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"A thumb goes up, a car goes by…" Tax extenders remain a top contender for "hitching a ride" on November’s must-pass government funding bill.


The IRS has issued a revenue procedure with a safe harbor that allows certain interests in rental real estate to be treated as a trade or business for purposes of the Code Sec. 199A qualified business income (QBI) deduction. The safe harbor is intended to lessen taxpayer uncertainty on whether a rental real estate interest qualifies as a trade or business for the QBI deduction, including the application of the aggregation rules in Reg. §1.199A-4.


The IRS has released cryptocurrency guidance and frequently asked questions (FAQs) on virtual currency.


A district court has dismissed a lawsuit filed by four states’ against the federal government, ruling that the $10,000 state and local taxes (SALT) federal deduction cap is not unconstitutionally coercive.


New final regulations that address the allocation of partnership liabilities for disguised sale purposes revert back to prior regulations. Under the final regulations:


The IRS has released final regulation on the election to take a loss resulting from a federally declared disaster in the year preceding the disaster. The final regulations adopt proposed regulations substantially without change.


Proposed regulations provide guidance on the potential tax consequences of replacing the London interbank offered rates (LIBORs) with a new reference rate in contracts and agreements.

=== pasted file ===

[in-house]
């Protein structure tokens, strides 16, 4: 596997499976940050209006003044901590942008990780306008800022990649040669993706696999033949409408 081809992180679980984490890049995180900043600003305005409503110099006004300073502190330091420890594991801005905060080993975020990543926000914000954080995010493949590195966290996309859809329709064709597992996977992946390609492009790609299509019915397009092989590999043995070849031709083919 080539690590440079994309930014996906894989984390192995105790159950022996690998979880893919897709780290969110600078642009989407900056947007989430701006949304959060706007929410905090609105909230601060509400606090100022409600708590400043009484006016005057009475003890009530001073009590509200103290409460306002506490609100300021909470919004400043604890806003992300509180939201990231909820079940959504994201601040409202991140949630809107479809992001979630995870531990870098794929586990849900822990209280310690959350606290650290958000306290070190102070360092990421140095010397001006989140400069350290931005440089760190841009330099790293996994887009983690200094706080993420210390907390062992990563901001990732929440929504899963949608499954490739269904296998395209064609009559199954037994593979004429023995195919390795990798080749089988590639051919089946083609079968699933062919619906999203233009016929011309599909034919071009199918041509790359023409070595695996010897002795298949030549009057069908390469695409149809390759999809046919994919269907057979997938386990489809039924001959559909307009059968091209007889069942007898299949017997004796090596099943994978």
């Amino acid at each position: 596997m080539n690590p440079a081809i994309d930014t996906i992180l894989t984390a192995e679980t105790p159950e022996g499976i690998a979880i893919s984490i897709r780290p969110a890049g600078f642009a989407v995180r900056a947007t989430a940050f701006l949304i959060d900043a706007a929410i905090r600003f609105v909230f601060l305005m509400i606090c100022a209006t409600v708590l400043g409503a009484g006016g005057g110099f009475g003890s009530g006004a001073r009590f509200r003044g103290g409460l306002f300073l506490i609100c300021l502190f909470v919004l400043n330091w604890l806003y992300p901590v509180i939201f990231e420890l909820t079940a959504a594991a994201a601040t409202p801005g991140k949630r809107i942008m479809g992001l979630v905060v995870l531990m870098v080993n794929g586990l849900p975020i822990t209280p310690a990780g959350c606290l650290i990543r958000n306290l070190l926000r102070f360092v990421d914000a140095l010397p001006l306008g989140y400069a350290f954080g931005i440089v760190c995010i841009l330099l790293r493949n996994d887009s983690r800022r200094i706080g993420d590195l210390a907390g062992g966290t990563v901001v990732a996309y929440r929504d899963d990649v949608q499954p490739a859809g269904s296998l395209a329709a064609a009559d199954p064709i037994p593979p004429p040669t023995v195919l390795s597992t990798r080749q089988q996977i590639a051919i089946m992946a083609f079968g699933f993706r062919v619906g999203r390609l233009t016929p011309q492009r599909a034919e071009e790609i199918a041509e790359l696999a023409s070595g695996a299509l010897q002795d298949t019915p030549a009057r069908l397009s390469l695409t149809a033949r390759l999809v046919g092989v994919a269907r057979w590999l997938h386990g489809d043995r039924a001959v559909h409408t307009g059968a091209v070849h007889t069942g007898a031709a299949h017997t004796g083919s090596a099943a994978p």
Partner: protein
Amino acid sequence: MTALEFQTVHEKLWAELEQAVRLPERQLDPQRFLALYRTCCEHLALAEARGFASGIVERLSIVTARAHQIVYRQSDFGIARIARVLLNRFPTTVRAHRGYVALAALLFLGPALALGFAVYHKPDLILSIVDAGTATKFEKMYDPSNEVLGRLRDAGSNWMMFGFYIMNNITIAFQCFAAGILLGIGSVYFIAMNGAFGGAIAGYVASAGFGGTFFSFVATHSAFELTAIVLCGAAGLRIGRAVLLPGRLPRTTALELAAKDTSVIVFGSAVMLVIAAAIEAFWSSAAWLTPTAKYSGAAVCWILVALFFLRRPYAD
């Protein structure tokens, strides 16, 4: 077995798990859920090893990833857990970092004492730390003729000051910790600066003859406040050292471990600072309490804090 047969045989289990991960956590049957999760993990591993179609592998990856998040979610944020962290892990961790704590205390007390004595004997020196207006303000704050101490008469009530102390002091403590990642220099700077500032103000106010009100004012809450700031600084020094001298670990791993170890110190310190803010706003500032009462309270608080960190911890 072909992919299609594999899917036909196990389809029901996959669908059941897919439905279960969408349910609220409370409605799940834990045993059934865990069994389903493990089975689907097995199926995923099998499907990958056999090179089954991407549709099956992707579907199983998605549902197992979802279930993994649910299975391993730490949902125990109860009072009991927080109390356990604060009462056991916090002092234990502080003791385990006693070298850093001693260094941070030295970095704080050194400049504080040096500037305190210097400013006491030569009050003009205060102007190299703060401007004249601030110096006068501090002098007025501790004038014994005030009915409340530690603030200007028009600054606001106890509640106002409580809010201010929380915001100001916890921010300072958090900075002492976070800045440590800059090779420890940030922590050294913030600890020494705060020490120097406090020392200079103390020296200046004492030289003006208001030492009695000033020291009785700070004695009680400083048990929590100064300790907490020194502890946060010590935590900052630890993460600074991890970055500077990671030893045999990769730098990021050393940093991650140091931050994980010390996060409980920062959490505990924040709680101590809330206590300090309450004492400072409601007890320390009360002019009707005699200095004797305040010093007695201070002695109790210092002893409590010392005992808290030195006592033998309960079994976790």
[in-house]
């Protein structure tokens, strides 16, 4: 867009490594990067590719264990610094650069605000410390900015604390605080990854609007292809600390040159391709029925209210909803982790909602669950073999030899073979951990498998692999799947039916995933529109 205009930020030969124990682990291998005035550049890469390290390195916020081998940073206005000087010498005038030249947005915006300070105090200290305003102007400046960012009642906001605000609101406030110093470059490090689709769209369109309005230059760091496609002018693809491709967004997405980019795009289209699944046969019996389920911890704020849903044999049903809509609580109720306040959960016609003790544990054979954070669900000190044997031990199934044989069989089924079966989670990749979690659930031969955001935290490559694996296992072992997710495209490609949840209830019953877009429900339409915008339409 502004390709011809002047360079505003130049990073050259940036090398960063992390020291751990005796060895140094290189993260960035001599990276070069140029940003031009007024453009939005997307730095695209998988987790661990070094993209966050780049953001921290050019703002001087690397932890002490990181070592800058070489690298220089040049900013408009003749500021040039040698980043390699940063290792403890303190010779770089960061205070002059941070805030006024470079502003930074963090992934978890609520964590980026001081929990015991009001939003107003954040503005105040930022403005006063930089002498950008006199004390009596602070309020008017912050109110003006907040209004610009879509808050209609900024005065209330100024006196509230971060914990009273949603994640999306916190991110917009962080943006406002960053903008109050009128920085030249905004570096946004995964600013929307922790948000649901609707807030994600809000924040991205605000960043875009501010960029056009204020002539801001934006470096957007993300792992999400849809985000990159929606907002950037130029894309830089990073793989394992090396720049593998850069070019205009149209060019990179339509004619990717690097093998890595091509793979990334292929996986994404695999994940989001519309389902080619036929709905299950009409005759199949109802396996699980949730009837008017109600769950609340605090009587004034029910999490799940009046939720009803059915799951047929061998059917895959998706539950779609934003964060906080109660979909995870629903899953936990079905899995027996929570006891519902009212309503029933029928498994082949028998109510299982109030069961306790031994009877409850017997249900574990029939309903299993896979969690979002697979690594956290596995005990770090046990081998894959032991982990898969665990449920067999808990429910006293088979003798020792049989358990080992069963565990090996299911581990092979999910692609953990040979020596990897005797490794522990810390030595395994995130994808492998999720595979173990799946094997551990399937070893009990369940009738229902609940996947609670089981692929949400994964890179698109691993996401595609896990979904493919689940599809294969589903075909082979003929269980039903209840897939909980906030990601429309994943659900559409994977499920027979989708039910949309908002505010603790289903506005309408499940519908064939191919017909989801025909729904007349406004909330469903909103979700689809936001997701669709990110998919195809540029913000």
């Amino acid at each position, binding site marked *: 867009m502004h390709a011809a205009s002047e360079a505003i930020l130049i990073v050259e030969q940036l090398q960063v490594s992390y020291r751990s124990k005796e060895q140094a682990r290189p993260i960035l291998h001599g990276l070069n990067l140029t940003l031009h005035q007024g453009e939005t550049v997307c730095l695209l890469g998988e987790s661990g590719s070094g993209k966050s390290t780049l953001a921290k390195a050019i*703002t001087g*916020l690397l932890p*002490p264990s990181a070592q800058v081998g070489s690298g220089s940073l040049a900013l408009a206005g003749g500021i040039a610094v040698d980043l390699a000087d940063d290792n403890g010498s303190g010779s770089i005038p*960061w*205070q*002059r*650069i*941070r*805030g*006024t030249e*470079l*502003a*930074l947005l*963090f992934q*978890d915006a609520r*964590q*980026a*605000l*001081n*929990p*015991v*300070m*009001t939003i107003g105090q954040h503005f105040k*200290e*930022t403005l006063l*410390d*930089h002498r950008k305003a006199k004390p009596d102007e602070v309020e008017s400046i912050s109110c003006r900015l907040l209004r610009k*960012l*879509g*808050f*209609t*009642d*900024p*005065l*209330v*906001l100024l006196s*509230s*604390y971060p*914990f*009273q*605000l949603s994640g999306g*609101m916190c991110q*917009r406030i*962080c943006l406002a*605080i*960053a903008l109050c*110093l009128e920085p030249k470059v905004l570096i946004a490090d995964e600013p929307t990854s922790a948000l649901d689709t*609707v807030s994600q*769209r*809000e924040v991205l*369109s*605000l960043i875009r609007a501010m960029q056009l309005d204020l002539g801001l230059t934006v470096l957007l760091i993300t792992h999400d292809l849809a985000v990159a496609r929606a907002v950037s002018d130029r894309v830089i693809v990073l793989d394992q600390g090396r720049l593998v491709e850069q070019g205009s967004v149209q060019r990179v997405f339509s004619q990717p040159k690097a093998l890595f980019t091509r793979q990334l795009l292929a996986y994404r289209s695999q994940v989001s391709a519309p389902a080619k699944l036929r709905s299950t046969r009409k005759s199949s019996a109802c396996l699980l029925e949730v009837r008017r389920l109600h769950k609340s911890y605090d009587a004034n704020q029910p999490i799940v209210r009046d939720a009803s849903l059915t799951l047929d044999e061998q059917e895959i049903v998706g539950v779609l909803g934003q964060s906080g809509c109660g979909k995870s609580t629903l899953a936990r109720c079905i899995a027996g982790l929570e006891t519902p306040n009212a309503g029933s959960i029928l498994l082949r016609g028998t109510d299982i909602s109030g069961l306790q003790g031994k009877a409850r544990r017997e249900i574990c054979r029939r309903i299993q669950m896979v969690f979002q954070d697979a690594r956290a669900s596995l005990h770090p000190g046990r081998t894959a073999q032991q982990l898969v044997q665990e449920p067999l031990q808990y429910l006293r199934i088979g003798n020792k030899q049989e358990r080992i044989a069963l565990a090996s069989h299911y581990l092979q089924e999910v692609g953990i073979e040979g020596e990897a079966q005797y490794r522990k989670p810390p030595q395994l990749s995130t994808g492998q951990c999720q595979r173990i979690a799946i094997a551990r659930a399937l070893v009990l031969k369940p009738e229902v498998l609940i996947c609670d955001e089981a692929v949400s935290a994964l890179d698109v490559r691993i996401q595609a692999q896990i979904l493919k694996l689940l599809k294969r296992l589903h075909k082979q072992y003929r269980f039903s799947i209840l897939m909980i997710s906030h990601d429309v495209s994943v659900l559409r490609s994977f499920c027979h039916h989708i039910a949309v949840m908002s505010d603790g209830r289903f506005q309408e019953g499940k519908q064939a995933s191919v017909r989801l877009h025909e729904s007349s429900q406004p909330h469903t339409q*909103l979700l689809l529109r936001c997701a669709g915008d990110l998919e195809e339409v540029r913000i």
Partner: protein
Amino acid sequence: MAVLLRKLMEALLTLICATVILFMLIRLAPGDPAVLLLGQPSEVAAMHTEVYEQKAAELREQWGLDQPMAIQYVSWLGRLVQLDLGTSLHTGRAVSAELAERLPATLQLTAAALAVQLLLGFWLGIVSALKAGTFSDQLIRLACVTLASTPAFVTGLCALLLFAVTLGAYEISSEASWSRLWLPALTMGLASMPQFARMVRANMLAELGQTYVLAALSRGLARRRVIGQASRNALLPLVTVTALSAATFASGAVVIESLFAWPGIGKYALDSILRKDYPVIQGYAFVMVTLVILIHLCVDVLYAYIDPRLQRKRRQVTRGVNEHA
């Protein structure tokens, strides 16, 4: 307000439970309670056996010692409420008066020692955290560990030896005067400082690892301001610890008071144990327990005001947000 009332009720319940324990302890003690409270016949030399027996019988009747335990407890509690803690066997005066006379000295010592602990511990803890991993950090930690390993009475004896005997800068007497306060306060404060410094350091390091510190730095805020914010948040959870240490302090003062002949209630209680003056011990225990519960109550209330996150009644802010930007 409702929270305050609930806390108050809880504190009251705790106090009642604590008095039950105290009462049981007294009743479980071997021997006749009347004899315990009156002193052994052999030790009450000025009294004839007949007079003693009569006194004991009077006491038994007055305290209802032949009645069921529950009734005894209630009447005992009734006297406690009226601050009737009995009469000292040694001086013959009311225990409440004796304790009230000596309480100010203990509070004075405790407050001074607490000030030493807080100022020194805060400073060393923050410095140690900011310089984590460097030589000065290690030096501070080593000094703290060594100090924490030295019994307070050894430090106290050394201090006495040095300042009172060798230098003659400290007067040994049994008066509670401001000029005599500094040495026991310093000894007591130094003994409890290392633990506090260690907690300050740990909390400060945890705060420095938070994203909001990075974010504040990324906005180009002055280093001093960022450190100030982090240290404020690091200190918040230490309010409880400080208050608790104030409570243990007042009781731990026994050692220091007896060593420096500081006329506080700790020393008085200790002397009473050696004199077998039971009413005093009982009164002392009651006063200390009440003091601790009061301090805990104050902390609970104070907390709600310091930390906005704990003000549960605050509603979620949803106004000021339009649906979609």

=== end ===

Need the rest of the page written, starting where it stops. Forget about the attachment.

Holiday season - a time for giving to friends and family, but not, you hope, to the IRS. Many, if not most, people are aware that the Tax Code imposes a tax on certain gifts, but not everyone is certain as to how this works. How do you know when you've given the gift that keeps on taking - a taxable gift?

Given a choice between recognizing income now or in a later year, most people want to be paid now and be taxed in a later year. As a practical matter, however, an employee cannot defer compensation after performing services and becoming entitled to payment. Routine compensation earned over a prescribed pay period -- a week, two weeks, or a month, for example - usually is paid or made available in the same year it was earned. Recognition of the income cannot be put off to a later year.

The tax rules are very liberal for individuals in the armed forces who are serving in a combat zone. The combat zone extension automatically extends the date for paying tax or claiming a refund, as well as for filing. The extension also applies to paying estimated tax.